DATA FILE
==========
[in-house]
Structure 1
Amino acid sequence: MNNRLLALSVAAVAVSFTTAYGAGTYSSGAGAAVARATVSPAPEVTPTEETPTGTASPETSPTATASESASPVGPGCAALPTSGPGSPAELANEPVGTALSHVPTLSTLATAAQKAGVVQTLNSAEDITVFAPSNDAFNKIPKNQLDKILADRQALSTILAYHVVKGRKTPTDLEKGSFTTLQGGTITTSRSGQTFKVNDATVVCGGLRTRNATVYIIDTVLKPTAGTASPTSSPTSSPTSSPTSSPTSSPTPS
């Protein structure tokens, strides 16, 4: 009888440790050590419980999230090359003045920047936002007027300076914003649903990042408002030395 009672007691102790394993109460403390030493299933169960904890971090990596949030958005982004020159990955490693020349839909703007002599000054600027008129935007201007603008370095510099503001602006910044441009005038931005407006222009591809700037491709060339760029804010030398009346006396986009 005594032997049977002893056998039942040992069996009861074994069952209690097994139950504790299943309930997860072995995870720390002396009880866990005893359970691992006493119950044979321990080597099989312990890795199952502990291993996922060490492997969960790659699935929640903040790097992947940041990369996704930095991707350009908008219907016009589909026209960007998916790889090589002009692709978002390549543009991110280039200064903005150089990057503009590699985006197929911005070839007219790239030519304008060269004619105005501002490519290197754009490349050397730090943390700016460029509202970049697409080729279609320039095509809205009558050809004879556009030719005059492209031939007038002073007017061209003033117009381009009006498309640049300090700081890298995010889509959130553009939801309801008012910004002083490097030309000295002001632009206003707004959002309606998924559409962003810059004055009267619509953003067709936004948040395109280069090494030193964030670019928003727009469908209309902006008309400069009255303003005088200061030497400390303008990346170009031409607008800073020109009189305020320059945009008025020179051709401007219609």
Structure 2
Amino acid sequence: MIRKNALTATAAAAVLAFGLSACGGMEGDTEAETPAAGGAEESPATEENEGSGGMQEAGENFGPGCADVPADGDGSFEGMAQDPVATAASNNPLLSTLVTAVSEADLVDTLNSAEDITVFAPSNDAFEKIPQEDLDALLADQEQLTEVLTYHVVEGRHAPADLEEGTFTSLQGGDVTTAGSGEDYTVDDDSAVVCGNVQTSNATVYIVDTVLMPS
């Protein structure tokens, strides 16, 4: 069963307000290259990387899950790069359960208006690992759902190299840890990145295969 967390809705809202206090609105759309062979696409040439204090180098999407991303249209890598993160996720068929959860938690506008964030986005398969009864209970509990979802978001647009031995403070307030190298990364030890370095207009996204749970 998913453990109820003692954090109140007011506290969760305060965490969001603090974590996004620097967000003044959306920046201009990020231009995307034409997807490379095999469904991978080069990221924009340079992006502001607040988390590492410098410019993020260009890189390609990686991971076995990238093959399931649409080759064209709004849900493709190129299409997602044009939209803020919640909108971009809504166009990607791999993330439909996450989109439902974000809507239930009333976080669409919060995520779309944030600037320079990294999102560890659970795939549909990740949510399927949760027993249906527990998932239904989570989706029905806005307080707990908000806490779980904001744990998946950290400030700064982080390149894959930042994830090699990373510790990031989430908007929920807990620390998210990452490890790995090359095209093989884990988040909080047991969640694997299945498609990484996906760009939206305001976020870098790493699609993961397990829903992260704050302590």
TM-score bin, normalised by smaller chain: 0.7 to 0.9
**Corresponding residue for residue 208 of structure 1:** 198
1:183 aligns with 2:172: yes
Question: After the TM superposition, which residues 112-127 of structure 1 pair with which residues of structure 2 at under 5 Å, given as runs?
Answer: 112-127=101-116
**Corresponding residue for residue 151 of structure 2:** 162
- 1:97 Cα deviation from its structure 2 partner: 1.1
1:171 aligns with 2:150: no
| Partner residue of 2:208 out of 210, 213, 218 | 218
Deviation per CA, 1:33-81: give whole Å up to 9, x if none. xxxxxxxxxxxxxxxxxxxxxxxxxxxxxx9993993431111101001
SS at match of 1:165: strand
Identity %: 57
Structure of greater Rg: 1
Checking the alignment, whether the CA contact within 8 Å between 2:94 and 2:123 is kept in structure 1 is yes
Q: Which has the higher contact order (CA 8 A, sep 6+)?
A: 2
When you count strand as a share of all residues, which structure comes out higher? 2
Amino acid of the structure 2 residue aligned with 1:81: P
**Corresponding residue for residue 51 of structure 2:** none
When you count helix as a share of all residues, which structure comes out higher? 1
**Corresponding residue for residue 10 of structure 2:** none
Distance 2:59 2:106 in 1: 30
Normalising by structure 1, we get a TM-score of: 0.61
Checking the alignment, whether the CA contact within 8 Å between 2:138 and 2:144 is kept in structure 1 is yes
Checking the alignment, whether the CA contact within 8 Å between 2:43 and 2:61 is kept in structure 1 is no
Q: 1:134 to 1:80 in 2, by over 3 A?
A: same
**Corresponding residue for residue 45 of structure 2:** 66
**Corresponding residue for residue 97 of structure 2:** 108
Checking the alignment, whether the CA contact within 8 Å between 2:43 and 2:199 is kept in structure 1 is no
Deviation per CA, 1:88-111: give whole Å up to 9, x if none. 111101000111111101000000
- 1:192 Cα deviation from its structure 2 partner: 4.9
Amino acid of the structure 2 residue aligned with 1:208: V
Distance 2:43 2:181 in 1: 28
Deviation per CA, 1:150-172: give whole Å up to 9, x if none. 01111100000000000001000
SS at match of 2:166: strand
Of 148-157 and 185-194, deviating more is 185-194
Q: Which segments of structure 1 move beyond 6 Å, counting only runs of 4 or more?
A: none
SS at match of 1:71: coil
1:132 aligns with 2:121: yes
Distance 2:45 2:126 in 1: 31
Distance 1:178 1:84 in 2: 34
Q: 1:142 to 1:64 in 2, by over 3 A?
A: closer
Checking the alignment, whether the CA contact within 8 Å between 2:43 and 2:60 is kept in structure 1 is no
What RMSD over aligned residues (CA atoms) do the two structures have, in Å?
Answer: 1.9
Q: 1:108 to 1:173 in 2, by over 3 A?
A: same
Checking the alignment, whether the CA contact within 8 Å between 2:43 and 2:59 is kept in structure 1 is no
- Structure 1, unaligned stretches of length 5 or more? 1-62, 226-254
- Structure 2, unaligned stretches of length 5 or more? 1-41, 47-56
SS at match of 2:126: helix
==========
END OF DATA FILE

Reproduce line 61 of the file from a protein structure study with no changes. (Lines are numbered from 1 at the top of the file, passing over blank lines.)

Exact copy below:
SS at match of 2:126: helix